Revision 16 for 'Pyknodysostosis'
Pyknodysostosis (osteopetrosis acro-osteolytica) is a rare autosomal recessive bone dysplasia characterised by osteosclerosis and short stature. The condition is also known as Toulouse-Lautrec syndrome, named after the famous French artist who was thought to be afflicted with the disease.
Pyknodyostosis is a lysosomal disorder due to genetic deficiency in Cathepsin K which has been mapped to chromosome 1q21. Cathepsin K is essential for normal osteoclast function.
Patients present in early childhood with :
- short stature particularly limbs
- delayed closure of cranial sutures
- frontal and occipital bossing
- short broad hands and hypoplasia of nails
- multiple long bone fractures following minimal trauma
Osteosclerosis with narrowed medullary cavities is the main generalised imaging finding. Long bone fractures are common.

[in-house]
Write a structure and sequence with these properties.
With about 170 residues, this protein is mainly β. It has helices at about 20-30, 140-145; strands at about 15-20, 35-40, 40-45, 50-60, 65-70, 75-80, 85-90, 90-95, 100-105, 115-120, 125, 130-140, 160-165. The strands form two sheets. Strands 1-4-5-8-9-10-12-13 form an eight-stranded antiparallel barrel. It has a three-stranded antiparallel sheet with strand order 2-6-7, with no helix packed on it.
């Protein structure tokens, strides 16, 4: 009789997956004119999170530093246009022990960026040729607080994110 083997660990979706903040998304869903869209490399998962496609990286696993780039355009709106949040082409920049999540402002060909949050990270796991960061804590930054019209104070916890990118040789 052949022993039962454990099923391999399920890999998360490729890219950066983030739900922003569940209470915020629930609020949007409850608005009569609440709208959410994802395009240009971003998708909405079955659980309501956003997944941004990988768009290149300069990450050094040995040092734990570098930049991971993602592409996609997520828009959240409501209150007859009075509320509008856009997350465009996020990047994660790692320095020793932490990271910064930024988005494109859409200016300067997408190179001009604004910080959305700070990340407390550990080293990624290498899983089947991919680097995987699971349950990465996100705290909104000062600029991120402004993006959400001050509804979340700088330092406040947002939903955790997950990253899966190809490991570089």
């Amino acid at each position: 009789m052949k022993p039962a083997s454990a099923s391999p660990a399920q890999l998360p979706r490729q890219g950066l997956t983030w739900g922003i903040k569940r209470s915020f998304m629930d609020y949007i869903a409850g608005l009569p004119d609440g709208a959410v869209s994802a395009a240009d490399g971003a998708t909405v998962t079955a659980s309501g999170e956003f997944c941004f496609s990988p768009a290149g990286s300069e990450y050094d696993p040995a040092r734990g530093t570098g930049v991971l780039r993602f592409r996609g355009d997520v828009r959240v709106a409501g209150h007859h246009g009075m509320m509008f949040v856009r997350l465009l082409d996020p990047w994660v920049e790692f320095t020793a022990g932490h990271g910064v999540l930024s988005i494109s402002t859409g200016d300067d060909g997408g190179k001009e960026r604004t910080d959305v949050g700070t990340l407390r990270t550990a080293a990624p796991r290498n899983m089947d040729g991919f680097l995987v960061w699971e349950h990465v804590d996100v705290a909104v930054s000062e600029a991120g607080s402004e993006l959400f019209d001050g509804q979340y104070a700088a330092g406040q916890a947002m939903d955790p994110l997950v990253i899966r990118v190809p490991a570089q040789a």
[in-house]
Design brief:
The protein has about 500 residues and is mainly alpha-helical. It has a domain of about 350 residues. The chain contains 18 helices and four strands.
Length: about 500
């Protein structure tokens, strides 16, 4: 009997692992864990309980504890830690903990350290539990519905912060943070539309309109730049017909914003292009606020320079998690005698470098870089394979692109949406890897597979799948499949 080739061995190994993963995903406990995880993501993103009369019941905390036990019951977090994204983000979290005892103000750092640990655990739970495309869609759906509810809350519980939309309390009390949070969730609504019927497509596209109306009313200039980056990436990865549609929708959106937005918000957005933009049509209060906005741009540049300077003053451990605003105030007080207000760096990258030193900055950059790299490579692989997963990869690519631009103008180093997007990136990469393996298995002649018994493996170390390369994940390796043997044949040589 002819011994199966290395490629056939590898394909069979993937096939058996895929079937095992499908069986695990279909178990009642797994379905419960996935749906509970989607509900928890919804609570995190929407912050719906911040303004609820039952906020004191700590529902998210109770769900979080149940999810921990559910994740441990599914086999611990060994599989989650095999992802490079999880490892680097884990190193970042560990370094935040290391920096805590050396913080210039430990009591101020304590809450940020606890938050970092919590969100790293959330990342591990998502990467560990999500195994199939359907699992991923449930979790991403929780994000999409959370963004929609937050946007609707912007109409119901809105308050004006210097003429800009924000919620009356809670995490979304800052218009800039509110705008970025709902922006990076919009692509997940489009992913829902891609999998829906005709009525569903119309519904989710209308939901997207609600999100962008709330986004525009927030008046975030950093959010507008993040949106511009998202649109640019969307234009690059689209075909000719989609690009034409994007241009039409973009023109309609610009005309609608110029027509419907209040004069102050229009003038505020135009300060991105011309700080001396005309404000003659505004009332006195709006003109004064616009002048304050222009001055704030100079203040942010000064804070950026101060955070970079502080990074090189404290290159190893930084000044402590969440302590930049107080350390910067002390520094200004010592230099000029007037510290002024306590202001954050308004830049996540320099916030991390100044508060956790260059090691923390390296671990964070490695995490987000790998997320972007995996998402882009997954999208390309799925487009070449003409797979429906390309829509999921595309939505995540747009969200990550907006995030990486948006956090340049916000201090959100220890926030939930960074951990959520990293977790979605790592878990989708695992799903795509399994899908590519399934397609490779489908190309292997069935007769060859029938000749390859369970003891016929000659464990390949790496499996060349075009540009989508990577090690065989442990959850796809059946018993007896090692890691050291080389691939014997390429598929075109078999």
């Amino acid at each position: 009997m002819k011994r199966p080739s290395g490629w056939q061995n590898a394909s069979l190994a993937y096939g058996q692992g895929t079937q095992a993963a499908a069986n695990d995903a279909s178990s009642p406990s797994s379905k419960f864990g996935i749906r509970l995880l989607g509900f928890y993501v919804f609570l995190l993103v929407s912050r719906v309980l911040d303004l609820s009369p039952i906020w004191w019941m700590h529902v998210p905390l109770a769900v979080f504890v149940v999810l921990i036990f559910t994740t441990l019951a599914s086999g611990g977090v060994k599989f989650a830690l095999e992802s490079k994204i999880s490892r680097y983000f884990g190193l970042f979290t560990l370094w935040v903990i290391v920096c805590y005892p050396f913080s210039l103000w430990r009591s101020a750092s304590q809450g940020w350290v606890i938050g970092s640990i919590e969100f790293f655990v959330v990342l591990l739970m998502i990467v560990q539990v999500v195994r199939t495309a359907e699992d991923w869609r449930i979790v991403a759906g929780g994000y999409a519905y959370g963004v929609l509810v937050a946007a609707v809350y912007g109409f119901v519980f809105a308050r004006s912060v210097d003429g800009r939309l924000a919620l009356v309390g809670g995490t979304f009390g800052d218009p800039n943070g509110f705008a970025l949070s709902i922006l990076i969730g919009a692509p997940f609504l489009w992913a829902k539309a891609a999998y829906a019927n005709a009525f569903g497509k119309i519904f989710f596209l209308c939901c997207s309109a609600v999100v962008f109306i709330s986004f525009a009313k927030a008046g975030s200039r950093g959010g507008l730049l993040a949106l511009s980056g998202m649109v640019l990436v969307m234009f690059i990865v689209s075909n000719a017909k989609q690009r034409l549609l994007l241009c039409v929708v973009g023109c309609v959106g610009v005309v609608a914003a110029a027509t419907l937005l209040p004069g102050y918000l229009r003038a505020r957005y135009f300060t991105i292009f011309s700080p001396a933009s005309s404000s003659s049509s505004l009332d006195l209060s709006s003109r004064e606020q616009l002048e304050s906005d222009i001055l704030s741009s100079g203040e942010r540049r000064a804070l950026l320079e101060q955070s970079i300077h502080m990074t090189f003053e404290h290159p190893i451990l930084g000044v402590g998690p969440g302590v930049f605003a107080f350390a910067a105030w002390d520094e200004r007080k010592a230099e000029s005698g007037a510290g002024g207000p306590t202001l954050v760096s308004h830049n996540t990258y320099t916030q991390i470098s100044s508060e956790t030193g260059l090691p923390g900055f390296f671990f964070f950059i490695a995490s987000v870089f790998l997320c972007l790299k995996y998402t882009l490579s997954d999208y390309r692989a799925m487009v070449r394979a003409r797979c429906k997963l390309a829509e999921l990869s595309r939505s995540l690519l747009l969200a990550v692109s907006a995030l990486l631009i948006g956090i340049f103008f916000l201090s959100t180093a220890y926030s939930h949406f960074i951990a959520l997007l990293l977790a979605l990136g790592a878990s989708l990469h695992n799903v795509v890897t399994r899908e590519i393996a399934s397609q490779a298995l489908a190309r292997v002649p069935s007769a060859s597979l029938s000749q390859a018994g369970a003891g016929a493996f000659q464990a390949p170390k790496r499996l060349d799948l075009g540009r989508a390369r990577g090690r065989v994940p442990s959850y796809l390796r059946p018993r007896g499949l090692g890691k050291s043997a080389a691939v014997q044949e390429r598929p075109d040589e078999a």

Plain film / CT
- short, stubby fingers
- partial agenesis / aplasia of terminal phalanges simulating acro-osteolysis
- delayed bone age
Cranial and maxillofacial
- marked delay in sutural closure
- frontoparietal bossing
- calvarial thickening
- wormian bones (lambdoidal region)
- relative proptosis
- nasal beaking
- obtuse mandibular gonial angle often with relative prognathism
- persistence of primary teeth
- sclerosis of vertebral bodies
- increased lumbar lordosis
- vertebral segmentation anomalies particularly upper cervical and lower lumbar
- hypoplastic clavicles
- erosion of outer end of clavicles
Derived from the greek terms pucnos = dense , dys = defective , ostosis = bone conditiion